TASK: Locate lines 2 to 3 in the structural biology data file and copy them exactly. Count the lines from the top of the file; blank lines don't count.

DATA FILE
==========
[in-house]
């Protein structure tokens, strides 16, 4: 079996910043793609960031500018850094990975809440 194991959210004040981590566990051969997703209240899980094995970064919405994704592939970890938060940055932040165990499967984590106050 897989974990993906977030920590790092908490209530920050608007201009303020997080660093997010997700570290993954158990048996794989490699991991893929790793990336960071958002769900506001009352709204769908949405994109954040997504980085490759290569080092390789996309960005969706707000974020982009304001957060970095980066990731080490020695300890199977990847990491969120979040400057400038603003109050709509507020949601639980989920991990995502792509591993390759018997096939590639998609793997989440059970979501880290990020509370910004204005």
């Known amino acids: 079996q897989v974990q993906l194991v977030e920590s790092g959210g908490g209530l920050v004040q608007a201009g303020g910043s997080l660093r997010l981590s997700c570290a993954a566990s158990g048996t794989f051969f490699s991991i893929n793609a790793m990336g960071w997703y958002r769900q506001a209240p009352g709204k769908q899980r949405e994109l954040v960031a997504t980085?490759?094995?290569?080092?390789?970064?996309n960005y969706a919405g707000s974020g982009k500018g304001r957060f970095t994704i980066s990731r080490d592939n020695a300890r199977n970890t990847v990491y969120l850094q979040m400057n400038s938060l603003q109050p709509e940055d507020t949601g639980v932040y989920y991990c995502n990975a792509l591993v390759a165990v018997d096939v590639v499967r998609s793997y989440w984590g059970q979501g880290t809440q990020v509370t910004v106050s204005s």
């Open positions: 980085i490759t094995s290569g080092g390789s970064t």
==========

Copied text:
């Protein structure tokens, strides 16, 4: 079996910043793609960031500018850094990975809440 194991959210004040981590566990051969997703209240899980094995970064919405994704592939970890938060940055932040165990499967984590106050 897989974990993906977030920590790092908490209530920050608007201009303020997080660093997010997700570290993954158990048996794989490699991991893929790793990336960071958002769900506001009352709204769908949405994109954040997504980085490759290569080092390789996309960005969706707000974020982009304001957060970095980066990731080490020695300890199977990847990491969120979040400057400038603003109050709509507020949601639980989920991990995502792509591993390759018997096939590639998609793997989440059970979501880290990020509370910004204005």
């Known amino acids: 079996q897989v974990q993906l194991v977030e920590s790092g959210g908490g209530l920050v004040q608007a201009g303020g910043s997080l660093r997010l981590s997700c570290a993954a566990s158990g048996t794989f051969f490699s991991i893929n793609a790793m990336g960071w997703y958002r769900q506001a209240p009352g709204k769908q899980r949405e994109l954040v960031a997504t980085?490759?094995?290569?080092?390789?970064?996309n960005y969706a919405g707000s974020g982009k500018g304001r957060f970095t994704i980066s990731r080490d592939n020695a300890r199977n970890t990847v990491y969120l850094q979040m400057n400038s938060l603003q109050p709509e940055d507020t949601g639980v932040y989920y991990c995502n990975a792509l591993v390759a165990v018997d096939v590639v499967r998609s793997y989440w984590g059970q979501g880290t809440q990020v509370t910004v106050s204005s």